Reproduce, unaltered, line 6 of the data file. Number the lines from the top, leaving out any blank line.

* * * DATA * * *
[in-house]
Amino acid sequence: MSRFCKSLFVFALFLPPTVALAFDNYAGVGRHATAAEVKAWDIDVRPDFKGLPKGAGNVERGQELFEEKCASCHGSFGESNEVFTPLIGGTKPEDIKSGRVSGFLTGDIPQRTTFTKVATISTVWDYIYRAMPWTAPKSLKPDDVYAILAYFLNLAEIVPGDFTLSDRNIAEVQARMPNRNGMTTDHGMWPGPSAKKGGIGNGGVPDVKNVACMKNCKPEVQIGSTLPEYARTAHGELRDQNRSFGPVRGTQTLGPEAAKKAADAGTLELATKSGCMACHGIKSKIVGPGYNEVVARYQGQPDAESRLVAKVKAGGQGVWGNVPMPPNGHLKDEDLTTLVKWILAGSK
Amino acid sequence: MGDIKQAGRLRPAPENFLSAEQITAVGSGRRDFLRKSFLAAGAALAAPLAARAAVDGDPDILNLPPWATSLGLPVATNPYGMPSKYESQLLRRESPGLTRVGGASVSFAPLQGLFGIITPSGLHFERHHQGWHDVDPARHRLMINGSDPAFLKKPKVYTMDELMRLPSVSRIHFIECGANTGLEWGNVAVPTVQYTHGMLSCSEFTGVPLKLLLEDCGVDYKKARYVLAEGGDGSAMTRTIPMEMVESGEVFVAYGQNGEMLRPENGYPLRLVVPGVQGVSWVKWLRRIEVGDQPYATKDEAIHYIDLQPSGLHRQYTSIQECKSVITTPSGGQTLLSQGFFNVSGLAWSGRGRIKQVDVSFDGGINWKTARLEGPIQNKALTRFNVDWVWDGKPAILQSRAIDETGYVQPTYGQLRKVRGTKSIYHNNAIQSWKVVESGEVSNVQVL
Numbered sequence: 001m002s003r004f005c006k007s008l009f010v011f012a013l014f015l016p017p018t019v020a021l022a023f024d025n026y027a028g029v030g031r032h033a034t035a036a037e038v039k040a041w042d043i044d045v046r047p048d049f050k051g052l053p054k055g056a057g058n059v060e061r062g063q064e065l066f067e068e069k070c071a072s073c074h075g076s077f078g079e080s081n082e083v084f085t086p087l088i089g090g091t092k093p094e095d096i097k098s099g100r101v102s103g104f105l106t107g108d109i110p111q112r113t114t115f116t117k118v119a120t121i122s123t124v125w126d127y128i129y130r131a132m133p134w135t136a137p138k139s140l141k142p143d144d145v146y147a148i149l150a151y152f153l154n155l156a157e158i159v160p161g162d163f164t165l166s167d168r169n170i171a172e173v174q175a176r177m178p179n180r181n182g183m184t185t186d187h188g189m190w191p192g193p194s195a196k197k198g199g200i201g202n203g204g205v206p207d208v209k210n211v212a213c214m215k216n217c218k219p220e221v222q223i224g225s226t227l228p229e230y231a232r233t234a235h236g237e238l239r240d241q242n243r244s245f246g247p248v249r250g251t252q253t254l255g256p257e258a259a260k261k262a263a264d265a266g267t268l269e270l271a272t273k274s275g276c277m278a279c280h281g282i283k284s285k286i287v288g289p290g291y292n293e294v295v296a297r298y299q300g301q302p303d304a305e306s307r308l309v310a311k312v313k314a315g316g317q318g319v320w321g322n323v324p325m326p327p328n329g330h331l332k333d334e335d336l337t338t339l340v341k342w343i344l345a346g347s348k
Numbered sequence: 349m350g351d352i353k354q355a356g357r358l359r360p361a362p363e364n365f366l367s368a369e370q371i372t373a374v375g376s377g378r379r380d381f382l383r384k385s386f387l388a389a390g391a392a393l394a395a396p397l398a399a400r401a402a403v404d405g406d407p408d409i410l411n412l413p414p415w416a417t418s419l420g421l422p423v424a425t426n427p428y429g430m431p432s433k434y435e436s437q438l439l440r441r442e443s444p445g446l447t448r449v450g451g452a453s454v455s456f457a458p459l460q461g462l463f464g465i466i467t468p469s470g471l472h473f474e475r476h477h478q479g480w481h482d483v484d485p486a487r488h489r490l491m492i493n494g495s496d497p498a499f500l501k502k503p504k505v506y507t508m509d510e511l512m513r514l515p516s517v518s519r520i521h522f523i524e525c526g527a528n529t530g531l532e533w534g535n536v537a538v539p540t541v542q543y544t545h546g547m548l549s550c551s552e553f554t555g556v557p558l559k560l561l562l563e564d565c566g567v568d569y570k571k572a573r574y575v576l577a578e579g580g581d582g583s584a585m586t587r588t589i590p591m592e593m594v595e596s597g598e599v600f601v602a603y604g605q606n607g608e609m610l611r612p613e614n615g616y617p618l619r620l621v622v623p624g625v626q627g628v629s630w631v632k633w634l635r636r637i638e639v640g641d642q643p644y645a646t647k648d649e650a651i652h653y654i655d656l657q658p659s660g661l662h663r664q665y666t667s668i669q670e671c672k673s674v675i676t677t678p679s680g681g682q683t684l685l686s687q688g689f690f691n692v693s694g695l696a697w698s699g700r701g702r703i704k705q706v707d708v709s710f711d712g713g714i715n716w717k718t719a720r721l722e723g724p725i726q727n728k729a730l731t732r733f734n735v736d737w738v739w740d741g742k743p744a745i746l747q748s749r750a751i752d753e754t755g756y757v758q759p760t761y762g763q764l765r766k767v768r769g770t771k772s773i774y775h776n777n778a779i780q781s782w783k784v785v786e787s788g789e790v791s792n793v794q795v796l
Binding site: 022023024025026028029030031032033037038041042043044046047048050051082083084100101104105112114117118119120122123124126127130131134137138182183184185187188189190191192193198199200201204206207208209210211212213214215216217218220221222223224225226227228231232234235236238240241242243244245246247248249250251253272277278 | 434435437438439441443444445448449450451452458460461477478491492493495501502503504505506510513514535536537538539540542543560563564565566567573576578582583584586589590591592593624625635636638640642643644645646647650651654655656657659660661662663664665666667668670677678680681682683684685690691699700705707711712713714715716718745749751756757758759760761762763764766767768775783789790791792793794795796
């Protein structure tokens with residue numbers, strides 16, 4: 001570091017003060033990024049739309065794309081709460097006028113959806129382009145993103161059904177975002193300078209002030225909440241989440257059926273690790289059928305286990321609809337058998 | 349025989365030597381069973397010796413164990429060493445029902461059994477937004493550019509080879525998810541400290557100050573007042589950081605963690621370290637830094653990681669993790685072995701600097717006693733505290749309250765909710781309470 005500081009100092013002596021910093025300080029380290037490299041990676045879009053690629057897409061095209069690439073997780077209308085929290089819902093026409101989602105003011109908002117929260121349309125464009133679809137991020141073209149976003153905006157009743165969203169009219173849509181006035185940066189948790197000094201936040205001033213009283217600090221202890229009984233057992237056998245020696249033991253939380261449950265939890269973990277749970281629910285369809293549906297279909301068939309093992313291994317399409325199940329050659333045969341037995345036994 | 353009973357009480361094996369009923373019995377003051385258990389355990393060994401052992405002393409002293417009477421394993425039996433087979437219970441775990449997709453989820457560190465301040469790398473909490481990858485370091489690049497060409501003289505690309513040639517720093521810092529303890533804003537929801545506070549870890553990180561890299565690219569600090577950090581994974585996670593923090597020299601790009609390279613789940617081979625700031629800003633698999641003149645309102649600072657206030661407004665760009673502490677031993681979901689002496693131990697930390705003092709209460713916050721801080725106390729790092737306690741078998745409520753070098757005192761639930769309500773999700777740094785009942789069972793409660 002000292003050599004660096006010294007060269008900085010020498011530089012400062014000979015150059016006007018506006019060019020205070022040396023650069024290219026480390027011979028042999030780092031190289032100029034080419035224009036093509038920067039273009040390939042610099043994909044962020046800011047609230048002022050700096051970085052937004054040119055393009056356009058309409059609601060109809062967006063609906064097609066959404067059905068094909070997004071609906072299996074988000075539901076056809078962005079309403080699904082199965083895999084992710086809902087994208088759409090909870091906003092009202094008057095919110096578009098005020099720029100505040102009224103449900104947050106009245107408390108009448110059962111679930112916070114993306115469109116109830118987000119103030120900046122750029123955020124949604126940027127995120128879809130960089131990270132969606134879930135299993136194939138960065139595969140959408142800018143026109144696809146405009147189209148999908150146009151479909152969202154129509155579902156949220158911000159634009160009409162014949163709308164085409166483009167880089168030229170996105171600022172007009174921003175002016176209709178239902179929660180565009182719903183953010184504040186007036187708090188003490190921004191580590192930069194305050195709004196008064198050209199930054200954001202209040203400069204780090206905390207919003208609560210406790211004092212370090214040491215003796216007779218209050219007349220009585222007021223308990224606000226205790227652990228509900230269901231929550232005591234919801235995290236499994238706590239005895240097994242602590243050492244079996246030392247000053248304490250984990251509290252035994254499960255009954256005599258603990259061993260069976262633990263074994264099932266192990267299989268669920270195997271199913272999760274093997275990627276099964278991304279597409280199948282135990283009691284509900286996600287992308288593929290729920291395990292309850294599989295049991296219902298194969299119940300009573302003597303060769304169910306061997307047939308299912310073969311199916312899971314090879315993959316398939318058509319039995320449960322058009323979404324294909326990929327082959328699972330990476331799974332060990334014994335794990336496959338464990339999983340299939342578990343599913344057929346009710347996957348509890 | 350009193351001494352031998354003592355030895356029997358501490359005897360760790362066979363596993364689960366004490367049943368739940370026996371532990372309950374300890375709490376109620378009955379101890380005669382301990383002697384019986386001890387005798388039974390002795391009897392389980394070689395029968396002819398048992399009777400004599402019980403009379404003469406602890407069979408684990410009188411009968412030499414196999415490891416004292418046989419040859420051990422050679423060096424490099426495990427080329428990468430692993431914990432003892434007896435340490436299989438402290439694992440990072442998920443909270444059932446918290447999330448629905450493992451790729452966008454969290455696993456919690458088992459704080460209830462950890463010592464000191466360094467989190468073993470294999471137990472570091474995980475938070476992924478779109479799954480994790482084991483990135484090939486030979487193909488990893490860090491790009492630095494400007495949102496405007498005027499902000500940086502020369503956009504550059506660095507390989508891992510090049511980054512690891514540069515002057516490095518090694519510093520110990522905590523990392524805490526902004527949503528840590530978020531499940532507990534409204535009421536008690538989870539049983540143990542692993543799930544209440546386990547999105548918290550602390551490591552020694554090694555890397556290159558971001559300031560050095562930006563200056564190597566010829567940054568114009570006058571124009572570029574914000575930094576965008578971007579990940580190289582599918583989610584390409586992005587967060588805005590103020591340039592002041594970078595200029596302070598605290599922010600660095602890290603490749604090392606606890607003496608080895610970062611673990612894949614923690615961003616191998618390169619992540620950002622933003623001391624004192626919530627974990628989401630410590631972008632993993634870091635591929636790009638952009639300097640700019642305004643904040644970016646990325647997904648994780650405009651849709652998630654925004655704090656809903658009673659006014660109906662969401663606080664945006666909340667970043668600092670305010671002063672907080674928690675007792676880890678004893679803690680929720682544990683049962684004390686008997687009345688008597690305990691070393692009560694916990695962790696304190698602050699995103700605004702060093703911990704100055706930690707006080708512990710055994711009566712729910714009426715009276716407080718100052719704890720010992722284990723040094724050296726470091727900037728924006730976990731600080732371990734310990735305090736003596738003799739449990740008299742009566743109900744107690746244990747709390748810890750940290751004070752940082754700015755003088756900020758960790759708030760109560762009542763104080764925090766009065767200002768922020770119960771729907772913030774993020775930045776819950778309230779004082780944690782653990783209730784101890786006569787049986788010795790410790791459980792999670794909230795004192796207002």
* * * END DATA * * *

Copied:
Binding site: 022023024025026028029030031032033037038041042043044046047048050051082083084100101104105112114117118119120122123124126127130131134137138182183184185187188189190191192193198199200201204206207208209210211212213214215216217218220221222223224225226227228231232234235236238240241242243244245246247248249250251253272277278 | 434435437438439441443444445448449450451452458460461477478491492493495501502503504505506510513514535536537538539540542543560563564565566567573576578582583584586589590591592593624625635636638640642643644645646647650651654655656657659660661662663664665666667668670677678680681682683684685690691699700705707711712713714715716718745749751756757758759760761762763764766767768775783789790791792793794795796